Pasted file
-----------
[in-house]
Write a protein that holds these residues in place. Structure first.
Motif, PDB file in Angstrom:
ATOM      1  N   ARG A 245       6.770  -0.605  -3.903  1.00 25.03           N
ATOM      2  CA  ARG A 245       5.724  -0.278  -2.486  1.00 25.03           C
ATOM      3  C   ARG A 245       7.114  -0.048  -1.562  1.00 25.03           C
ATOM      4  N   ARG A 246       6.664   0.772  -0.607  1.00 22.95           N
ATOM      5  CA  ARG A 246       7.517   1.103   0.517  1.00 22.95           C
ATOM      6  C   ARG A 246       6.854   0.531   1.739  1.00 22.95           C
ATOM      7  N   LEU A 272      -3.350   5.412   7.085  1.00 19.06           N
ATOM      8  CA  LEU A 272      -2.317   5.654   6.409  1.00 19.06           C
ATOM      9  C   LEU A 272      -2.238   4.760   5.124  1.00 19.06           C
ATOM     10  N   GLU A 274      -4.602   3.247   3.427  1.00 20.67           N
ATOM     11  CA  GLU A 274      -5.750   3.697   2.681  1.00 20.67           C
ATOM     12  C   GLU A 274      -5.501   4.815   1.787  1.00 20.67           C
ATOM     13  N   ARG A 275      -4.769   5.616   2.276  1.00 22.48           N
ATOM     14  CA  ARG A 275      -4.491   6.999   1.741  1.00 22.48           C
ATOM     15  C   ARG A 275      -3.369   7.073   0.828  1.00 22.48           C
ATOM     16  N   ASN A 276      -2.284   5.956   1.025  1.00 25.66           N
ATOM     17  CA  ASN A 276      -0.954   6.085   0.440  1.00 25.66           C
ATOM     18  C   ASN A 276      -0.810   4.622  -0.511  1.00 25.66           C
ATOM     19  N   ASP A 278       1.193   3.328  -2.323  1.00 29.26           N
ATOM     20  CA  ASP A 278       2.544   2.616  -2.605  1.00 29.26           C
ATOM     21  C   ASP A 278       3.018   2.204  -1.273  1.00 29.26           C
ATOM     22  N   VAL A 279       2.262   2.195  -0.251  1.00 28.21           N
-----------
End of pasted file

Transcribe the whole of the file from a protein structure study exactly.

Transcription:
[in-house]
Write a protein that holds these residues in place. Structure first.
Motif, PDB file in Angstrom:
ATOM      1  N   ARG A 245       6.770  -0.605  -3.903  1.00 25.03           N
ATOM      2  CA  ARG A 245       5.724  -0.278  -2.486  1.00 25.03           C
ATOM      3  C   ARG A 245       7.114  -0.048  -1.562  1.00 25.03           C
ATOM      4  N   ARG A 246       6.664   0.772  -0.607  1.00 22.95           N
ATOM      5  CA  ARG A 246       7.517   1.103   0.517  1.00 22.95           C
ATOM      6  C   ARG A 246       6.854   0.531   1.739  1.00 22.95           C
ATOM      7  N   LEU A 272      -3.350   5.412   7.085  1.00 19.06           N
ATOM      8  CA  LEU A 272      -2.317   5.654   6.409  1.00 19.06           C
ATOM      9  C   LEU A 272      -2.238   4.760   5.124  1.00 19.06           C
ATOM     10  N   GLU A 274      -4.602   3.247   3.427  1.00 20.67           N
ATOM     11  CA  GLU A 274      -5.750   3.697   2.681  1.00 20.67           C
ATOM     12  C   GLU A 274      -5.501   4.815   1.787  1.00 20.67           C
ATOM     13  N   ARG A 275      -4.769   5.616   2.276  1.00 22.48           N
ATOM     14  CA  ARG A 275      -4.491   6.999   1.741  1.00 22.48           C
ATOM     15  C   ARG A 275      -3.369   7.073   0.828  1.00 22.48           C
ATOM     16  N   ASN A 276      -2.284   5.956   1.025  1.00 25.66           N
ATOM     17  CA  ASN A 276      -0.954   6.085   0.440  1.00 25.66           C
ATOM     18  C   ASN A 276      -0.810   4.622  -0.511  1.00 25.66           C
ATOM     19  N   ASP A 278       1.193   3.328  -2.323  1.00 29.26           N
ATOM     20  CA  ASP A 278       2.544   2.616  -2.605  1.00 29.26           C
ATOM     21  C   ASP A 278       3.018   2.204  -1.273  1.00 29.26           C
ATOM     22  N   VAL A 279       2.262   2.195  -0.251  1.00 28.21           N